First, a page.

Adult two-spotted spider mite


Chewing Pests

Chewing insect pests cause damage by consuming plant parts such as leaves and stems or burrowing in plant tissues to cause damage to the host plant. Symptoms of chewing insect pests include holes in leaves, silvering of leaf tissue, complete removal of leaf tissues, burrowing in or around stems, branches or trunks of plants. Common insects causing this type damage include tent caterpillars, webworms, bagworms, shadetree borers, and other beetles.

Tent caterpillars

Tent caterpillars are attractively colored larvae that reach about 1 1/2 inches in length. They have a few long hairs on their bodies, mostly along the sides. They are commonly seen in the early spring closely associated with the webs or "tents" they construct in the crotch of small limbs on tent caterpillartheir host plant. This tent serves as a refuge for the larvae at night and during rainy weather. They have only one generation per year.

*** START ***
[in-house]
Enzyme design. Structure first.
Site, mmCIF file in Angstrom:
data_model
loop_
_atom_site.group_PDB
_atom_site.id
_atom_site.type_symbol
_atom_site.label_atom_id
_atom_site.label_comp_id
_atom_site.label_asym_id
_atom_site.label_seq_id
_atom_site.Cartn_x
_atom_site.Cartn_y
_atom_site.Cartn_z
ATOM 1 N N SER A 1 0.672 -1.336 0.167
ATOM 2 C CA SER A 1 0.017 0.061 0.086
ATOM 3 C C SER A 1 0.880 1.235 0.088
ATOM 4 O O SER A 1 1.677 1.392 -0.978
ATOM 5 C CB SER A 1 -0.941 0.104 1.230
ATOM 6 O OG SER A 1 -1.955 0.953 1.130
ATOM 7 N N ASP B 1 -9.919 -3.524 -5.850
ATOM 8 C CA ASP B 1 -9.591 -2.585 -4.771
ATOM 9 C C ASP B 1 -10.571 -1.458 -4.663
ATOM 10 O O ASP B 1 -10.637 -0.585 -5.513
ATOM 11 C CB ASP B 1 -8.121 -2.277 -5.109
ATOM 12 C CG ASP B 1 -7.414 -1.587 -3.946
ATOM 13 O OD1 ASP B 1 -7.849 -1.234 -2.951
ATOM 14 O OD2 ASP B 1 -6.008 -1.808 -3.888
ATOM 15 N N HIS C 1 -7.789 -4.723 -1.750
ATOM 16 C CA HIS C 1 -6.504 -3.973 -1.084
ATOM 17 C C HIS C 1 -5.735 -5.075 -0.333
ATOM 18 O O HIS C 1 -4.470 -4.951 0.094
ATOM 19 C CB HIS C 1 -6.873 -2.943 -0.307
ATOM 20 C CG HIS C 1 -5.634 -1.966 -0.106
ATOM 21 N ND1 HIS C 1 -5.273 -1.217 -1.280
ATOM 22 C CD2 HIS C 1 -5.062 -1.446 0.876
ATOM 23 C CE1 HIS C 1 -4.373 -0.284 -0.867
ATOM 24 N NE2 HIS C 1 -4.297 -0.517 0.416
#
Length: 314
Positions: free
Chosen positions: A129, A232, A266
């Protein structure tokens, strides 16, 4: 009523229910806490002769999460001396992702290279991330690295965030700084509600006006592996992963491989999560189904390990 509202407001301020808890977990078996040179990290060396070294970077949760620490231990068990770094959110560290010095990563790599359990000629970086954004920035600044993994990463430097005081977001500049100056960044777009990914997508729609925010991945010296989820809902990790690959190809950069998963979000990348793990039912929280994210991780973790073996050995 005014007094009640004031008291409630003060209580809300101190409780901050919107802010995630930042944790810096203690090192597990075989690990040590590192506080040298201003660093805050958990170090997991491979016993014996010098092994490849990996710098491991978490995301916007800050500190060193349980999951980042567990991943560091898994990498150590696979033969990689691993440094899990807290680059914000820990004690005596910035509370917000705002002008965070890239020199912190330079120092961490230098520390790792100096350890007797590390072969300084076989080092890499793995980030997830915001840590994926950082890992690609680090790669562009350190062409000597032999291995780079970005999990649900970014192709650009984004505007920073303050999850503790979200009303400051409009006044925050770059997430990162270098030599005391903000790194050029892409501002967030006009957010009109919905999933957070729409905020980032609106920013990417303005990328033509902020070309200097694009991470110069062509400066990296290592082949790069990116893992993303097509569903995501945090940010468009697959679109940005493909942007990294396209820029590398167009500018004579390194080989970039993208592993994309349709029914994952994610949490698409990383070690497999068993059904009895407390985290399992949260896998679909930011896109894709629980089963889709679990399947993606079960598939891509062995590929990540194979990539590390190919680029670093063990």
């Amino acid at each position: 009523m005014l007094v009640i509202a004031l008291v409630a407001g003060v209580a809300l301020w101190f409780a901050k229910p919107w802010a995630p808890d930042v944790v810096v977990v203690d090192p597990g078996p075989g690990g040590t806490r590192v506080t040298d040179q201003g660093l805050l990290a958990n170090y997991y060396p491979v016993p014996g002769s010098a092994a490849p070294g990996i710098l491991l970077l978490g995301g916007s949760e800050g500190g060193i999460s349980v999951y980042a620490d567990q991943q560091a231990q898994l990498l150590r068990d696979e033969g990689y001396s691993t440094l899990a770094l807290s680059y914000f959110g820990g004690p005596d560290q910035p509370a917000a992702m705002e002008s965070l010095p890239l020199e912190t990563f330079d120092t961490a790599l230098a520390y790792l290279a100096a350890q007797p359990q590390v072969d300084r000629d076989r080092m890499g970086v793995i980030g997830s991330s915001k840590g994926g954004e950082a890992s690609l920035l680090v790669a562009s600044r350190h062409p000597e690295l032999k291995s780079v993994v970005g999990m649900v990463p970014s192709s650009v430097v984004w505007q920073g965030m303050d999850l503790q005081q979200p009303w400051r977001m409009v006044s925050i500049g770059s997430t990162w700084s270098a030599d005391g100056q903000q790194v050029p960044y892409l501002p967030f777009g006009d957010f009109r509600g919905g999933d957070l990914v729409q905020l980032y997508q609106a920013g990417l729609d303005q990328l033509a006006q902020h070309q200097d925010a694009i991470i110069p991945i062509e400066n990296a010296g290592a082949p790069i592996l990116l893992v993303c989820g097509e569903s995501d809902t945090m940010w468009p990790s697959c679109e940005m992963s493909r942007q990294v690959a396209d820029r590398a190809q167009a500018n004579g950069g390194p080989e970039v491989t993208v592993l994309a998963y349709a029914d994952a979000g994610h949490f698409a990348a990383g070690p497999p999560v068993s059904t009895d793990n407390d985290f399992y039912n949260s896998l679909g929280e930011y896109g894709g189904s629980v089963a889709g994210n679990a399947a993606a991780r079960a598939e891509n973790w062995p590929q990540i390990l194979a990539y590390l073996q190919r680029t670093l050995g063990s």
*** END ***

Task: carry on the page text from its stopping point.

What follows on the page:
Tent caterpillar


Webworm larvae are about 1 inch long when full grown and are pale yellow or green in color. There is a broad, dusky stripe running down the back, bordered on each side by a webwormyellow stripe They are covered with tufts of long whitish hairs. These larvae can be found inside unsightly webs at the terminal ends of branches on host plants. Georgia has three to four generations of webworms per year.

Fall webworm